Bronze Star (with "Combat V")
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The Bronze Star was established by President Franklin Roosevelt by Executive Order on February 4, 1944. The Star is presented by the Secretary of Homeland, or another military department, to any person who served in any capacity with the Armed Forces of the United States who has distinguished themselves by heroic or meritorious service and achievement that does not merit that award of a Silver Star or Legion of Merit in ground combat since December 6, 1941. Service performed in actions against an enemy of the State, in military operations with conflict with an opposing force, and with allied nations in armed conflict with an opposing force in which the United States is not a hostile party, is eligible for recognition of the award. Only service members in combat zones who are receiving imminent danger pay are eligible.
In 1947, retroactive awards of the Star were made to recipients of the Combat Infantryman Badge or the Combat Medical Badge during the First World War. The award is also presented to each member of the United States Armed Forces who has been cited in orders or awarded a certificate for exemplary conduct in ground combat against an armed enemy between December 7, 1942, and September 2, 1945. In 1962, the award of the Star was expanded to include members of the Armed Forces of friendly foreign nations who served with or alongside the United States Armed Forces. Civilians may also be eligible for the award.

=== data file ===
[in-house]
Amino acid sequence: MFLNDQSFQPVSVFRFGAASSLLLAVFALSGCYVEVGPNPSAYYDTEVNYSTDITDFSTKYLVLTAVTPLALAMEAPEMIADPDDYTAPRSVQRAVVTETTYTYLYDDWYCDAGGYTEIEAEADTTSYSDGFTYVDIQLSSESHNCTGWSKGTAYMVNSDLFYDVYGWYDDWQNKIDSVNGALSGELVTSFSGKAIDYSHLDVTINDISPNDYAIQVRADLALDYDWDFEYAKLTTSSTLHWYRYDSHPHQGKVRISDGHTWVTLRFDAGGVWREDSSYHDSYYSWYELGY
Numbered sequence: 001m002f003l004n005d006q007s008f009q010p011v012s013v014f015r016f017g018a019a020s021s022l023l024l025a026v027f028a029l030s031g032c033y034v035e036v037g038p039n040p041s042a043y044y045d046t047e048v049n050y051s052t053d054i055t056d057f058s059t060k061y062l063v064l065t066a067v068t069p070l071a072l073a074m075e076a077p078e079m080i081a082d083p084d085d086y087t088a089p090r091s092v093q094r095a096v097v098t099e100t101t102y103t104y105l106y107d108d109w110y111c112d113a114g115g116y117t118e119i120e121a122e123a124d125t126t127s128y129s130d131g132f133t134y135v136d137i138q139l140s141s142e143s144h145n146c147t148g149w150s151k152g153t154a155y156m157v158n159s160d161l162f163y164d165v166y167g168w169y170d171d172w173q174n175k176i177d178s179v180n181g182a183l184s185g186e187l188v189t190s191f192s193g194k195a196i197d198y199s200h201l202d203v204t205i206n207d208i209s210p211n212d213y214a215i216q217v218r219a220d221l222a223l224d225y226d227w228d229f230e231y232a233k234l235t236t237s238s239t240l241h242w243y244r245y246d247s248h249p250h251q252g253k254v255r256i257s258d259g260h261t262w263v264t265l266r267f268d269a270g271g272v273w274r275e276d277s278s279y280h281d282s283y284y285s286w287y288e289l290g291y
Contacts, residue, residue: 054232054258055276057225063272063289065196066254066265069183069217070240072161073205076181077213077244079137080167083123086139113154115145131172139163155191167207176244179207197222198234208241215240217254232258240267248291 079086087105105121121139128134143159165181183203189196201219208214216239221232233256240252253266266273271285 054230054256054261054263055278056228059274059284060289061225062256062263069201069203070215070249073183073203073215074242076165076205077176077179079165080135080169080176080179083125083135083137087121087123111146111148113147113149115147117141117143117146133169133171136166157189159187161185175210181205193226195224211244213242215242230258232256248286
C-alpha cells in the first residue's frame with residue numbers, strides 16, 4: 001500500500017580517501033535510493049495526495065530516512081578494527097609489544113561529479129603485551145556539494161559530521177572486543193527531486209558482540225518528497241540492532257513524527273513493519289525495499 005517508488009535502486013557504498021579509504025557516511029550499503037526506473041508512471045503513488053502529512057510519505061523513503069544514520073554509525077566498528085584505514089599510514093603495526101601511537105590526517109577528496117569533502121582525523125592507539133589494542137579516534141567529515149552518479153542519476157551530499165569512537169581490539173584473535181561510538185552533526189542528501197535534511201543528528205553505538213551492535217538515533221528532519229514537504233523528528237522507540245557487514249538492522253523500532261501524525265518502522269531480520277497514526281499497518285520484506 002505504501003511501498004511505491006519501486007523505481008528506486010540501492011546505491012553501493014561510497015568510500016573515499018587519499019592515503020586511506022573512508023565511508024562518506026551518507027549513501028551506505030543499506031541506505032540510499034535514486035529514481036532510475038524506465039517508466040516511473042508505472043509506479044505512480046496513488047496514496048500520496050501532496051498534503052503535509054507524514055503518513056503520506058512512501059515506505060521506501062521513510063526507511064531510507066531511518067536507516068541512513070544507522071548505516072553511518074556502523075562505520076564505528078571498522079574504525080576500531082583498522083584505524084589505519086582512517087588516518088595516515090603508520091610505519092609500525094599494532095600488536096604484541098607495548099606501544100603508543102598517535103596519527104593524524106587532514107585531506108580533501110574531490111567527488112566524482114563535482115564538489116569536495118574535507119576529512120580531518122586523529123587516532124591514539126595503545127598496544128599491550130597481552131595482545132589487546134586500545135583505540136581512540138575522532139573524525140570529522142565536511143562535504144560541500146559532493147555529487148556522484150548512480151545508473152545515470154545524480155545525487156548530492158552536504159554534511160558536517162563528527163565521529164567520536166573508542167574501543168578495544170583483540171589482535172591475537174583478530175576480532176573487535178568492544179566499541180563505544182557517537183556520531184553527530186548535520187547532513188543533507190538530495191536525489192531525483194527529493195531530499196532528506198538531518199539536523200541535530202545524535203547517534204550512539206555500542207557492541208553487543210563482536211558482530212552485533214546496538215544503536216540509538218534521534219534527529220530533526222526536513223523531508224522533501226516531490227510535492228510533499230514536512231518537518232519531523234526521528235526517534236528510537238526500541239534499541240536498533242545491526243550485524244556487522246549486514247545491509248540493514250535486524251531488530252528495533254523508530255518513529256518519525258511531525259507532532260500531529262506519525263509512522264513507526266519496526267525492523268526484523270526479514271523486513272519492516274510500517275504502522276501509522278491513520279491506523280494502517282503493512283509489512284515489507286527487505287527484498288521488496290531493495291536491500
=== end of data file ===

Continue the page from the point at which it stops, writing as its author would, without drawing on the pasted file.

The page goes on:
An oak leaf emblem is worn on the ribbon to denote subsequent awards of the Bronze Star for members of the Army and Air Force while a star emblem is worn on the ribbon to denote additional awards of the Navy, Marine Corps, and Coast Guard. A "V Device" is worn on the ribbon of Army and Air Force recipients of the Bronze Star who received the award in recognition of acts of heroism involving conflict with an armed enemy or in combat. A "Combat V" is worn on the ribbon of Navy, Marine Corps, and Coast Guard recipients of the Bronze Star who received the award in recognition of combat heroism or exposure to personnel hazard during direct participation in combat operations. Only 1 "V" clasp was authorized to be worn on the ribbon and suspension.
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